High School Economics
This morning at the bright and early time of 7:50am, the Secretary of the Treasury Ken Henry, fronted Senate Estimates (the pdf Hansard file is here). In the two hours he answered questions, he handed out some pretty big (but subtle) smacks to the critics of the RSPT. When asked about various responses to the RSPT he used wonderfully understated phrases like: “I don’t want to say the miners are wrong…”, and when Barnaby Joyce said to him that oil drilling was different to mining for minerals he deadpanned: “It’s amazing what one learns”. He also had to do a few “If by that you mean …” to try and give the Senators’ questions some sort of logic.
He was at his best when he was talking about two topics – the first that the mining industry kept Australia out of the recession, and the second that the RSPT will increase prices.
He knocked the first one on the head pretty easily saying:
“I’ve heard it said on a number of occasions, in fact I have lost count, that the mining industry saved Australia from recession. These statements are not supported by the facts”.
He pointed out that employment in the mining industry during the Global Financial Crisis went down 15 percent. And made this rather scary pronouncement:
“Had every industry in Australia behaved in the same way our unemployment would have increased from 4.6 per cent to 19 per cent in six months.”
Sam Maiden noted in her excellent summary of Henry’s appearance that both Julie Bishop and Tony Abbott – ie our prospective PM and Deputy PM (don’t worry, you weren’t the only one who just felt a chill run down your spine at that thought) – have recently made claims concerning the brilliance of the mining industry in saving Australia from recession. Here was Bishop on Sky News on May 4:
“Kevin Rudd likes to say that he saved Australia from the global financial crisis. In fact it wasn’t his pink batt scheme or his scandalous school building program that saved us from the recession. It was the mining sector that continued to export our resources to booming economies like China.”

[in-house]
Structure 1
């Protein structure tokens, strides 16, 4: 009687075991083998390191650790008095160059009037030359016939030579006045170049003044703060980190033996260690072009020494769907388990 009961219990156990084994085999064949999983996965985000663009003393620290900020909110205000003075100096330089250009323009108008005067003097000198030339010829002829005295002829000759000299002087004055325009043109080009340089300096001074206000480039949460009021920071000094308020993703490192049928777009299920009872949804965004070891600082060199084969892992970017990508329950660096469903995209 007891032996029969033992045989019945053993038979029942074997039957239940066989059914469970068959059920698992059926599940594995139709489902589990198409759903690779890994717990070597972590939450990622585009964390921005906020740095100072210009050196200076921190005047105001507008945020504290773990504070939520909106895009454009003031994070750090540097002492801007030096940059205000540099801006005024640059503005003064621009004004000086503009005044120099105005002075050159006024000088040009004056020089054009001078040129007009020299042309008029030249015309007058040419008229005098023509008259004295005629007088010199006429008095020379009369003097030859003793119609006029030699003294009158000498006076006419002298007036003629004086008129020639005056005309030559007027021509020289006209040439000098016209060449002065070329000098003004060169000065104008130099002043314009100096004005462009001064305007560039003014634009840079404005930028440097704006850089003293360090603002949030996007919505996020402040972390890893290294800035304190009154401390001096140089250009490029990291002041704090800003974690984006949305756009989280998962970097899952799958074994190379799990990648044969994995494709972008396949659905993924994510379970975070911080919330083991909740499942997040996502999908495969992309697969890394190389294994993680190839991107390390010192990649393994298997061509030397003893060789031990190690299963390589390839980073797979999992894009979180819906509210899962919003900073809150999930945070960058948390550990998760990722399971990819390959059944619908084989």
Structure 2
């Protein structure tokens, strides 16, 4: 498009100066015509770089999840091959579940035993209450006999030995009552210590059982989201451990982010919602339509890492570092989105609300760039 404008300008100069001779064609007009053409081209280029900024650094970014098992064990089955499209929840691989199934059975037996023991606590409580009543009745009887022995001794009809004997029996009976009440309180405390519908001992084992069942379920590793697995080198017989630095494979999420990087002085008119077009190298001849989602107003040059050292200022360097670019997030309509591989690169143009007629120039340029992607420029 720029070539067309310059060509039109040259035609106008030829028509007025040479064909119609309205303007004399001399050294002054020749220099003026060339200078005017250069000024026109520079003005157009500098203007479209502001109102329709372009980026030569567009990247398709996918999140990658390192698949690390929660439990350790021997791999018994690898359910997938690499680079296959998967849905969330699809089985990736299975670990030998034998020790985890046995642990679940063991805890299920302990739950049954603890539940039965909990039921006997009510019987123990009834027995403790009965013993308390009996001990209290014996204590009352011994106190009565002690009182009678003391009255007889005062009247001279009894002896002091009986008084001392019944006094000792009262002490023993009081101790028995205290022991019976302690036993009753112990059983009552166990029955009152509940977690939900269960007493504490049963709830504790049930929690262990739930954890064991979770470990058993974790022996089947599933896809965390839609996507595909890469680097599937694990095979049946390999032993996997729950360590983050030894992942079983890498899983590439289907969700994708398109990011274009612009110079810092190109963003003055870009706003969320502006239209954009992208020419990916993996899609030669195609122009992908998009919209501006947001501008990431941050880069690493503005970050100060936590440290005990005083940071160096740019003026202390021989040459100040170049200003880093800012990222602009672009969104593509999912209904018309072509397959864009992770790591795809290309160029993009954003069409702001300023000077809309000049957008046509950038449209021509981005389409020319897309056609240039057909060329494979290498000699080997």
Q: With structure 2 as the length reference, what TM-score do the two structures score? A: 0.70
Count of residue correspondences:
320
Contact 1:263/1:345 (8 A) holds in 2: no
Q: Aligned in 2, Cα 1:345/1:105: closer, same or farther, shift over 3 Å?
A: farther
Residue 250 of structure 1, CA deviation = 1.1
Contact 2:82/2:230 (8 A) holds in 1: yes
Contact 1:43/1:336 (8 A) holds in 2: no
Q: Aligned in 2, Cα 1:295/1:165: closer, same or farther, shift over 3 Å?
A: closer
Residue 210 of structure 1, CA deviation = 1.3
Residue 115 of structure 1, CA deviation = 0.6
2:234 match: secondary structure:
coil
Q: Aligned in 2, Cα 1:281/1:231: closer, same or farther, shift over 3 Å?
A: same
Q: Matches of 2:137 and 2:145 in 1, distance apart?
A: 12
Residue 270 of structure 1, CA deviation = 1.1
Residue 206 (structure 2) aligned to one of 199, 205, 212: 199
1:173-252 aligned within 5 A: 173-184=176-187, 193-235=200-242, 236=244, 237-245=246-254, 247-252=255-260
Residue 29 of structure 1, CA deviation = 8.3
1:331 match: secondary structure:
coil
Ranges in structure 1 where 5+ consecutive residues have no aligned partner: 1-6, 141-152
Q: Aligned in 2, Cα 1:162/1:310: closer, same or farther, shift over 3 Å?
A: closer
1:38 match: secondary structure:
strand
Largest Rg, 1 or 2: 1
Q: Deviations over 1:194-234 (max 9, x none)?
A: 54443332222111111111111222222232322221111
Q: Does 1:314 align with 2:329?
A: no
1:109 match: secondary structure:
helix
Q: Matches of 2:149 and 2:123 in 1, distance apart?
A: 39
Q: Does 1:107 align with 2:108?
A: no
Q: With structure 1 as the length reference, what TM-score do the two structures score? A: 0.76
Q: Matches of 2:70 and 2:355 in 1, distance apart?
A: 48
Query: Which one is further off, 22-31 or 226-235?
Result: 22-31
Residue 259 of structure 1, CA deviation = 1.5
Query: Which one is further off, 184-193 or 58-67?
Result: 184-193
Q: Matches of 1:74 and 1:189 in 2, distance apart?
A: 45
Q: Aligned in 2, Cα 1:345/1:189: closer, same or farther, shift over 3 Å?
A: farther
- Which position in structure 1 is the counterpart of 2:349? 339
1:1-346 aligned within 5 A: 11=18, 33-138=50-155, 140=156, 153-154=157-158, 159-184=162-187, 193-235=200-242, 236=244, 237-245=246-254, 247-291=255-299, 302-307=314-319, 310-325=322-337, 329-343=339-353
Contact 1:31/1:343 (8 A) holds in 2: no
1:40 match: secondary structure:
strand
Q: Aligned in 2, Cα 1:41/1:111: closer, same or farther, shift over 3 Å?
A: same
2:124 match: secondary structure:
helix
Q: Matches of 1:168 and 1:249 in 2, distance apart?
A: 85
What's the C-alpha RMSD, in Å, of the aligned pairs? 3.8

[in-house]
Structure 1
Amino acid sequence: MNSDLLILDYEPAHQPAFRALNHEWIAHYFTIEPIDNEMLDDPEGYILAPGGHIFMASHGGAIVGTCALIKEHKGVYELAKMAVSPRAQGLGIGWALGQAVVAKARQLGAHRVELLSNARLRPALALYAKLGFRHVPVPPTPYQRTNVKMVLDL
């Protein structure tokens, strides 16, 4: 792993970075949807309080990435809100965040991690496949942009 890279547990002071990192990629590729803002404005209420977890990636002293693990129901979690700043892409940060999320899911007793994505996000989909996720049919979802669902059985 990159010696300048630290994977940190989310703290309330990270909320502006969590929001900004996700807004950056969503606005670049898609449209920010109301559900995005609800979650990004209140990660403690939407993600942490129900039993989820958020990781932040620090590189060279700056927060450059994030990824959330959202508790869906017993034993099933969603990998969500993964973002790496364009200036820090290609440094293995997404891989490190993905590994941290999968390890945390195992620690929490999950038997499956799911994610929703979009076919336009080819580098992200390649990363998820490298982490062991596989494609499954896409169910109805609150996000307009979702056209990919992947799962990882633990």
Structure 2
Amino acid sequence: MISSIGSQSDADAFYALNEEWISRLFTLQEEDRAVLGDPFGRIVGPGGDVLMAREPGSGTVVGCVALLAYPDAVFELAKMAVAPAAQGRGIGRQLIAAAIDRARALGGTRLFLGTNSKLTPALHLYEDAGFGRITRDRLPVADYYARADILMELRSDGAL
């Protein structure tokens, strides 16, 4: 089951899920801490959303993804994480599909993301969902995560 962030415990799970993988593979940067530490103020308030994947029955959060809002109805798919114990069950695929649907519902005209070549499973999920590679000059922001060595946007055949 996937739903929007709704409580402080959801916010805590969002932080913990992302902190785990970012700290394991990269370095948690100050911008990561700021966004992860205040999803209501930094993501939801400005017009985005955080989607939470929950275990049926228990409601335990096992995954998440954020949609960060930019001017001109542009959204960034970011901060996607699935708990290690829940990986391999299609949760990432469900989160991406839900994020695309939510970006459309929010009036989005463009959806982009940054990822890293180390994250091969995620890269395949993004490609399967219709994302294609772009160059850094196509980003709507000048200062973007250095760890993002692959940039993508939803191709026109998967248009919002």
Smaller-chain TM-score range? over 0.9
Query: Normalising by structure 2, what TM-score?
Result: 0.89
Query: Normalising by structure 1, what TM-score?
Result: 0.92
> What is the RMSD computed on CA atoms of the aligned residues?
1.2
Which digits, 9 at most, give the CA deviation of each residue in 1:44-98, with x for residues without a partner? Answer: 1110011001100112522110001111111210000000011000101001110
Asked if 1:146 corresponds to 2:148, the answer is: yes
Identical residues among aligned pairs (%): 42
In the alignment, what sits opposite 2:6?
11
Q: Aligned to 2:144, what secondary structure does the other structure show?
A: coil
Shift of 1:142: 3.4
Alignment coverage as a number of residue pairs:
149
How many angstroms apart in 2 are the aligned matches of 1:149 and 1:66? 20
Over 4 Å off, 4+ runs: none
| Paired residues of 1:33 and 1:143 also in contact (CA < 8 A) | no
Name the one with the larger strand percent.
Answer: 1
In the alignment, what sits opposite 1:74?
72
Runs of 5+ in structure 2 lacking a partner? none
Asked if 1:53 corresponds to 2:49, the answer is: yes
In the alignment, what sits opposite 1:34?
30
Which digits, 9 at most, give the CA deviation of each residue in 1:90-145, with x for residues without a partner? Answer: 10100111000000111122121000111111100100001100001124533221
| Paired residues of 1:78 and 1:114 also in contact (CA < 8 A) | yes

Then Abbott at a May 6 press conference said:
“It is China’s demand for Australia’s raw materials which has kept us going through the global financial crisis and, more than anything else, prevented us from falling into the recession.”
Henry’s response might be worth remembering the next time you hear a friend say Rudd [or now Gillard] is trying to kill the golden goose.
Henry also dealt with the issue of the RSPT increasing prices. This was something I wrote about yesterday – and I have to say it was rather gratifying to hear Ken Henry point out that my economic knowledge had not led me astray. He said in a very cutting remark:
“I learnt in high school, from the study of economics, that profits-based taxes can’t affect prices.”
This is because taxes on production – like royalties – increase prices because they shift the supply curve (what this means is the cost of “supplying” or producing a thing – in this case minerals – becomes more expensive no matter how much you produce), whereas a tax on profits does not.
The royalty regime DECREASES supply (ie decreases mining). It doesn’t increase prices because the world price of minerals is taken as being flat – that is what people pay for iron ore is the same regardless of whether the iron comes out of Australia or Brazil or wherever.
This isn’t technically true for all minerals as BHP and Rio for eg will negotiate prices for iron ore with China, but when it comes to minerals such as gold, well there is a gold price (they usually mention it each night) and every gold mine in the world is beholden to it. In other industries such as those which sell minerals to local business it would. Eg if there was a royalty on granite mines.
So what the RSPT actually does (and I know this is counterintuitive – it’s why Tony Abbott really gets lost when he tries to argue against it) is that because the RSPT refunds the royalty regime (ie renders it null) it will actually be cheaper for miners to mine, and thus this “tax” will increase production – that’s because it is not really a tax, but is a rent.
Why then don’t the mining companies want the RSPT I hear you ask?
Under the RSPT the more profit they make, the higher their percentage of effective tax – pretty much just like income tax – a person who earns $150,000 pays a higher level of income tax than does someone on $40,000. The current arrangement would be like someone on $40,000 paying 45% income tax, but someone on $150,000 only paying 35%. Does that sound fair to you?
The mining company would be paying over 5o% effective tax – which is the figure that the Mining Executives like to bandy about (actually they cite 56.8 percent). But to pay that much tax would mean they are making well over a 50 percent return on their investment. Yes well over 50 percent! (Kinda makes your bank account interest seem a bit shabby, doesn’t it!)
In fact Ken Henry pointed out today that You only get a rate of tax of 56.8 if the rate of return is infinitely large. Last year BHP made around a 31 percent return. So you can see why they don’t like the RSPT. But does it increase prices of anything? No.